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The Beginner's Plateau
By James Hill

I was enjoying a shiatsu massage in Singapore this summer when it happened. The massage therapist dug her elbow into my right buttcheek and my whole leg sprang into the air. An unbearable tickling feeling coursed through my nerves. The therapist, unphazed, moved on to my lower back. "Good," I thought, "she can see how uncomfortable that was and she won't do it again." Wrong. Seconds later, the elbow returned. Less discomfort this time. Again, she moved away from the area but soon circled back. Now I felt little if any discomfort. I was beginning to relax, to learn. I was in the hands of a good teacher.

When a student tries something new and fails or seems uncomfortable, it's tempting to avoid that area in the future. An experienced teacher, however, will "circle back" to the new skill or idea, approaching each time with a fresh perspective until the student has learned something new.

As the ukulele grows in popularity, I see a common phenomenon emerging that I call the "beginner's plateau." The beginner's plateau happens after the student has been playing for a year or two and it tends to affect adult learners more than young learners. A student at the plateau call him an "advanced beginner" knows a handful of chords and a few songs but has no idea how to progress to the "next level." This frustrating plateau is the flipside of the ukulele's too-gentle-to-be-true learning curve. It's the feeling of making your first payment on that "no money down" purchase. It's the feeling of the honeymoon being over.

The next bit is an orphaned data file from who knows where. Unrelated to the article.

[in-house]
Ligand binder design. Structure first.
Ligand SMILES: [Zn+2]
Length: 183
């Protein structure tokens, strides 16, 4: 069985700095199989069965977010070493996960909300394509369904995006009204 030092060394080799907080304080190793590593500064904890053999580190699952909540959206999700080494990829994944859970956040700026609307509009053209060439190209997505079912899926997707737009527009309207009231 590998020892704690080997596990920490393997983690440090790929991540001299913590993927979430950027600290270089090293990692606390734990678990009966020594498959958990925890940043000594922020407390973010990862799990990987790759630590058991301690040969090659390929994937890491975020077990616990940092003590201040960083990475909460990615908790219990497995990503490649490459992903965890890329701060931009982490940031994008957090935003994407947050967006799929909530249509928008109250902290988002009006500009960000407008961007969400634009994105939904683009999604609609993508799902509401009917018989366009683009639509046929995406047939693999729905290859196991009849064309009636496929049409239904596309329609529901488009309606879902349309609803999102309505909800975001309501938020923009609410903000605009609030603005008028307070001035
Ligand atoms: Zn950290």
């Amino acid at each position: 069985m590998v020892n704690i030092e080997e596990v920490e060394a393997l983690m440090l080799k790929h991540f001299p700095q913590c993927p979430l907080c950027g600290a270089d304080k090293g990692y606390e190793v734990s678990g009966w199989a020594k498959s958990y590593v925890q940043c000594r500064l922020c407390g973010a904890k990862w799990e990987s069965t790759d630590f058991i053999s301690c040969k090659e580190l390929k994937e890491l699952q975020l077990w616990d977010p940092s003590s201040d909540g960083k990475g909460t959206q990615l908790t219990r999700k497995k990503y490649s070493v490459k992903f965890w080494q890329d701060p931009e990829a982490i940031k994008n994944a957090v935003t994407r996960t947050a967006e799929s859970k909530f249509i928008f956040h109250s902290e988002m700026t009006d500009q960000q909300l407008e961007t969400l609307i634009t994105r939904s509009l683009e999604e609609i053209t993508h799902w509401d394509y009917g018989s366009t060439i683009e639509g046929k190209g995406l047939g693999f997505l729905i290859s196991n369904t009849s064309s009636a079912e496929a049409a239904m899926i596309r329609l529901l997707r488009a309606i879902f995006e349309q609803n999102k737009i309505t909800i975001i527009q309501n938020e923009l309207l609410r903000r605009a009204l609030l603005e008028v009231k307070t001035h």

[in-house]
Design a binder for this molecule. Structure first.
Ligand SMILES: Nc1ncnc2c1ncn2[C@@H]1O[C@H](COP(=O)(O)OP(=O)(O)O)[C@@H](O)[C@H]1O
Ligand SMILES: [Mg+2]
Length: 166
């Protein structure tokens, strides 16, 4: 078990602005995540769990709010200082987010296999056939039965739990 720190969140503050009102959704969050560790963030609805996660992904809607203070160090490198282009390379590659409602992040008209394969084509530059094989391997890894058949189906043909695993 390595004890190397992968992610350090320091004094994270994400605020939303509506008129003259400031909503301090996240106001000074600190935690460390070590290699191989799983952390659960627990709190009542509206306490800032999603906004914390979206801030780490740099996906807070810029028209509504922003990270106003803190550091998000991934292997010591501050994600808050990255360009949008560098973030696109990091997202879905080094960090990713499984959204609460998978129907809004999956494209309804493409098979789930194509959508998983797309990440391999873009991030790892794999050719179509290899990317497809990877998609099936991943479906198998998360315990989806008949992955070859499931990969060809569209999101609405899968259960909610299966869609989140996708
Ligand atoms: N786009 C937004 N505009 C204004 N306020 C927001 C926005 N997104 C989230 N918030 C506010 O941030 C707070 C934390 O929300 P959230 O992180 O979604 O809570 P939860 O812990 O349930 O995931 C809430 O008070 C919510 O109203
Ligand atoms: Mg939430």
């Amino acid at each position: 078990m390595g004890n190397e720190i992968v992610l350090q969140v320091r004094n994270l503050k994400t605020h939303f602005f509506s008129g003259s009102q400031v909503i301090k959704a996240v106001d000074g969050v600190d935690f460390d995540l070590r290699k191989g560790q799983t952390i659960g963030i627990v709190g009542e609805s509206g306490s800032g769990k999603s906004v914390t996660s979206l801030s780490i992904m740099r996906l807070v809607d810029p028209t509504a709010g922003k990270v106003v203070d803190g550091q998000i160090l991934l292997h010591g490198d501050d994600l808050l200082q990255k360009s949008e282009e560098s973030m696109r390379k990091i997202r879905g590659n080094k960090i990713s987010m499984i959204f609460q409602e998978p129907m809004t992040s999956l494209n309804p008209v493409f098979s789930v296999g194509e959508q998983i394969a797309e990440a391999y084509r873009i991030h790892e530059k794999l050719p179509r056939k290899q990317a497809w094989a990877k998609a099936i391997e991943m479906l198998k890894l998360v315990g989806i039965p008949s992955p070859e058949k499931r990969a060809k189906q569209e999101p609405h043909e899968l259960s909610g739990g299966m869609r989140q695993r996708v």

In fact, the allure of the ukulele's initial learning curve has backfired before. Yes, put a noise-maker in the hands of millions of amateur musicians, let the majority of them hit a plateau after a year or two of playing and watch the backlash happen. According to Tony Coleman, director of Mighty Uke, this is one of the things that killed the great ukulele craze of the 1920s: too many people making too little musical progress.

So, as teachers what can we do to help a student move past (or better yet avoid) the beginner's plateau? First, we can recognize that while students often know what they want to play (e.g. "That strum from Somewhere Over the Rainbow," or "the chords to I'm Yours"), they rarely know what they need to learn in order to progress as musicians. It's the teacher's job to help a student a) "eat her veggies" and b) develop a well-rounded appetite for music. As Felipe Sequeria says in this issue's interview, "always giving the students a challenge is very important." (This month's pedagogy corner article outlines one of many ways to help a student discover new territory. Try it for yourself!)

The ukulele is a beautiful thing but it's not a free lunch. Dare to make your students eat their vegetables; challenge them with ideas, skills and repertoire outside of their comfort zone.

Someday they'll thank you!

James Hill
Editor, Ukulele Yes!

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In This Issue: PRELUDE IDEAS & LETTERS UKULELE REPORTS INTERVIEW FEATURE ARTICLE FREE ARRANGEMENT PEDAGOGY CORNER FROM THE VAULT